News / Transport

Cyclists’ infrastructure pleas ‘ignored’ by council

Despite dozens of submissions, there has been no change to the council’s budget plans

A row of bikes parked outside the Brunswick Baths.

Mark Phillips

IMPROVEMENTS to Brunswick’s cycling infrastructure are unlikely to be included in this year’s Merri-bek Council budget despite frantic lobbying, unless there is a last minute change of heart by the council.

The largest number of submissions to a council Budget for at least five years have been made to call for funding for separated bike paths to be reinstated in the capital works program.

But a report to go to the council this Wednesday will continue to exclude the upgrades, including a bike path in Victoria Street.

The Victoria Street bike path, which since 2019 has been listed for design and construction to begin next year, is one of at least eight cycling infrastructure projects to have been taken off the capital works program in the council’s five-year budget from 2023 to 2027.

The Merri-bek Bicycle Users Group says this would mean that it would be at least 2030 before any expansion of the city’s dedicated bike lane network could be approved and built.

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Prior to this year’s budget, a dedicated bike path on both sides of Victoria Street in Brunswick from Pearson Street to the Upfield line had been in the plans since 2019.

Design of the bike path was meant to begin next financial year, and the complete project had previously been budgeted to cost $1.1 million.

Following the release for public consultation of the draft budget in May, Merri-bek BUG rallied its members to make submissions for the council to reconsider the cycling network infrastructure.

This has resulted in 87 of the total of 121 submissions on the budget calling on the council to deliver more on-road, protected bike lanes.

But Merri-bek BUG convenor Faith Hunter said the final budget for councillor approval had ignored these submissions and there were no changes to the lack of allocation for building protected bike lanes.

“Merri-bek BUG have been profoundly disappointed by the draft budget and the very significant shift away from building the safe riding network that residents have asked for over and over and over again,” she said.

“They asked people to make submissions to the budget and they have ignored them.”

Merri-bek BUG says improving the bike infrastructure to have more separated paths would make riding safer and encourage more people to adopt cycling as their primary means of transport.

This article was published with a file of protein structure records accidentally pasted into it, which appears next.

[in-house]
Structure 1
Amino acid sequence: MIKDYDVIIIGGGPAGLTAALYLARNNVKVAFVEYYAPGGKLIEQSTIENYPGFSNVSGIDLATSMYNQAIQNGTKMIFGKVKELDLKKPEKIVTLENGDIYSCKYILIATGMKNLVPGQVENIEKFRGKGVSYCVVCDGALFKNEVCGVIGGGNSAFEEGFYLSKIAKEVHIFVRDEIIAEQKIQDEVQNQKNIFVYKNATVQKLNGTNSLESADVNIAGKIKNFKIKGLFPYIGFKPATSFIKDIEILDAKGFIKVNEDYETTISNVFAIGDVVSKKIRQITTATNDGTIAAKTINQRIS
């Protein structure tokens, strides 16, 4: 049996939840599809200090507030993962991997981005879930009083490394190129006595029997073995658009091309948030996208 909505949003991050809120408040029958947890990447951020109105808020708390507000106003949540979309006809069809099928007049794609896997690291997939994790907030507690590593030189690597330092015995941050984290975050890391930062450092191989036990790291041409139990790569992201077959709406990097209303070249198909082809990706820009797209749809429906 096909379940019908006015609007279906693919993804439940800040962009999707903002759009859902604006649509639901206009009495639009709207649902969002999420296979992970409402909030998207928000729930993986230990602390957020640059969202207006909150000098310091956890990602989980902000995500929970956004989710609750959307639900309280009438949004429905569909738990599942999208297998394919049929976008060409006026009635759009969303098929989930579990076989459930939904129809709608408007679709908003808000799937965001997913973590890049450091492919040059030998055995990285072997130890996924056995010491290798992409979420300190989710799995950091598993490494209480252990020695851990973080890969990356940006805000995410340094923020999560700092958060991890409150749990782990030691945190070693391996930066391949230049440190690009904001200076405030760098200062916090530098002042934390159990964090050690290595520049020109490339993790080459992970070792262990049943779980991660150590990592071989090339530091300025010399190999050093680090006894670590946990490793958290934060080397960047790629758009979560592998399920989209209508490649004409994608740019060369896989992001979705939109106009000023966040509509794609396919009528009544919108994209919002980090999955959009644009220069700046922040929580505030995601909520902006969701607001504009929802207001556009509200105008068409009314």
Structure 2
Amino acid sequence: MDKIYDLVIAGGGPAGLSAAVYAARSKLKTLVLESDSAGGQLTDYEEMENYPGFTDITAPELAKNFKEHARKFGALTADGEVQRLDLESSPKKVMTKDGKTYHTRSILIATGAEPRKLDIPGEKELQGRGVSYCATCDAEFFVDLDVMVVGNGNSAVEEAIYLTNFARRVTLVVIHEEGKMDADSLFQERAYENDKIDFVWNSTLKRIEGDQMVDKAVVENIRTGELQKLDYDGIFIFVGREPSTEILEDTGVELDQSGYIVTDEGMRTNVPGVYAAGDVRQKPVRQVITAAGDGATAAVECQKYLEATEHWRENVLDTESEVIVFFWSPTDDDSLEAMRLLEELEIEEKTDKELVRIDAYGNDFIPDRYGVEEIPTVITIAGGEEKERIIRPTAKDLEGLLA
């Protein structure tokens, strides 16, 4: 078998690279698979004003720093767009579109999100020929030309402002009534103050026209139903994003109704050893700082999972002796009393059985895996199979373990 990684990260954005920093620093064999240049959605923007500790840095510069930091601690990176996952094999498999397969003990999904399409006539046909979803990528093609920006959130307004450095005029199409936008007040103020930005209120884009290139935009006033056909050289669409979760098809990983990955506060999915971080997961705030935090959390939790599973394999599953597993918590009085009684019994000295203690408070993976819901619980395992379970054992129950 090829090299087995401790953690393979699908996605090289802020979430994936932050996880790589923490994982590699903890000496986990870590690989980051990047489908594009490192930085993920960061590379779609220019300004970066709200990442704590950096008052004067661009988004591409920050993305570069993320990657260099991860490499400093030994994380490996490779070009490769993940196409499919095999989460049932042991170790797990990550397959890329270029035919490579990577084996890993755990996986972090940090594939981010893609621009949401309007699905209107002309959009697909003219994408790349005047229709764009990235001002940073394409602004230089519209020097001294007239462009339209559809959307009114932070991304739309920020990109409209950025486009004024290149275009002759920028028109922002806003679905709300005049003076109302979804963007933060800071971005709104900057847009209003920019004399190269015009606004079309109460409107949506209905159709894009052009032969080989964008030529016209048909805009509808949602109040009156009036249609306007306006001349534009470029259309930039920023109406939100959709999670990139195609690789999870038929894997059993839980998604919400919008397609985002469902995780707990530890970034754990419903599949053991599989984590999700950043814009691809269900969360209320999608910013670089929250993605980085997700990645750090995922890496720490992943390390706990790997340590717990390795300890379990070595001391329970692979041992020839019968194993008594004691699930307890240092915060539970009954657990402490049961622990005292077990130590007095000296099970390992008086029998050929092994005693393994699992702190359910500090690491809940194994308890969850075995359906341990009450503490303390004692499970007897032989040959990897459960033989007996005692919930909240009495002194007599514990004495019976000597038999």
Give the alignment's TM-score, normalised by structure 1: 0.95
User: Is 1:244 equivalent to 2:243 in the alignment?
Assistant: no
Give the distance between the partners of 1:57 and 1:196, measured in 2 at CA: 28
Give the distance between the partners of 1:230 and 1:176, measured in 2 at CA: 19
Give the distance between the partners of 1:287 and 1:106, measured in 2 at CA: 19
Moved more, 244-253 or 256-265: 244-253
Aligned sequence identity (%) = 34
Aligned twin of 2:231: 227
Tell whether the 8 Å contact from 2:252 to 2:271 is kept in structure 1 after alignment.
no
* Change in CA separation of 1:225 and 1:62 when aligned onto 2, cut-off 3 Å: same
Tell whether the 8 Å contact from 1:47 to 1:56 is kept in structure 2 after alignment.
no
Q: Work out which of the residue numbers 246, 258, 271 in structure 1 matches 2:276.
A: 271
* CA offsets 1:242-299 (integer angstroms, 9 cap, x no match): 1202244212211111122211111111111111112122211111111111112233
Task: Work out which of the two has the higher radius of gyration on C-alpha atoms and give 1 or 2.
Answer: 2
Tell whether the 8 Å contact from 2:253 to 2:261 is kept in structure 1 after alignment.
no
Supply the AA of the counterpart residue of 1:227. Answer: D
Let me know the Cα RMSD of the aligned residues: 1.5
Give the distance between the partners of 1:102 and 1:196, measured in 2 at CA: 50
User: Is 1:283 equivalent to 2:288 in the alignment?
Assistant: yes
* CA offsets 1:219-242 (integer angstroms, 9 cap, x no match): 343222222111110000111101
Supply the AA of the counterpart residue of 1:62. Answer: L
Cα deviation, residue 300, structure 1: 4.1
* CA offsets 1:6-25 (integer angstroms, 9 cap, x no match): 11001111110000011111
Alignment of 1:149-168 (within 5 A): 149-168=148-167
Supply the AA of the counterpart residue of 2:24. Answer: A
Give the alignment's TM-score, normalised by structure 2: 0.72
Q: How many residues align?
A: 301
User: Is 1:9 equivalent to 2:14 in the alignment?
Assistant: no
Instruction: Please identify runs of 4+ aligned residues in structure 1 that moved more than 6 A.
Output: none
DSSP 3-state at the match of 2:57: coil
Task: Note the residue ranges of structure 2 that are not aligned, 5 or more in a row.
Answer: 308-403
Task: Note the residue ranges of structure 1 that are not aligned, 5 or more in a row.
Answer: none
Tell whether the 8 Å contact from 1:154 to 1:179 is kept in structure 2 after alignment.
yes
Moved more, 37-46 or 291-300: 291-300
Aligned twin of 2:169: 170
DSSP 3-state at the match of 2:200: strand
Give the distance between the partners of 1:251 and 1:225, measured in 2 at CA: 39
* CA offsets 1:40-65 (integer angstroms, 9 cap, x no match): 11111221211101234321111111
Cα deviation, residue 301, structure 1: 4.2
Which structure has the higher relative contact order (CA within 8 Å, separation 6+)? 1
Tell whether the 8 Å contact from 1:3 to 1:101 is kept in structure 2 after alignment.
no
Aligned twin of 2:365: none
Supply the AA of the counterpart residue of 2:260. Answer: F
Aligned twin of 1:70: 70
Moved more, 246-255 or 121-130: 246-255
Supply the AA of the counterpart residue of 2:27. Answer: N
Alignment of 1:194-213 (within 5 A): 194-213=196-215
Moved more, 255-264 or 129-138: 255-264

‘Betrayal’: bike users group lashes council over abandoned projects

Bike users’ last hope is that a notice of motion by Councillor James Conlan to allocate a small amount of money to scope out the Victoria Street path is adopted by a majority of his colleagues.

Cr Conlan said he would be seeking a reallocation of $135,000 from the council’s roads budget towards design of the Victoria Street bike lanes in 2023-24, with construction funding to be considered for 2024-25.

The council must also commit to building new, protected on-road bike lanes in each budget, Cr Conlan said.

“Despite council’s lofty climate and cycling participation targets, this budget totally fails people who ride a bike, especially young families wanting to take their kids to school, shops and local parks safely by bike,” he said.

“Without these funding commitments, our climate and transport targets are just platitudes.

“Merri-bek Council cannot claim to be a ‘bike-friendly’ city if it has no real plans to build new bike lanes.”

Cr Sue Bolton said she would support the motion.

“I think cyclists are justified in their anger about the council budget,” she said.

Ms Hunter said while Cr Conlan’s motion was welcome, what was really needed was a pipeline of projects over a number of years throughout Merri-bek.

Councillors will also consider a separate notice of motion by Cr Adam Pulford, who is currently overseas, for a report by September that details how Merri-bek could

accelerate the roll out of active transport infrastructure around the city.

He also wants to increase $10 per head minimum spend on active transport infrastructure each year in line with inflation.

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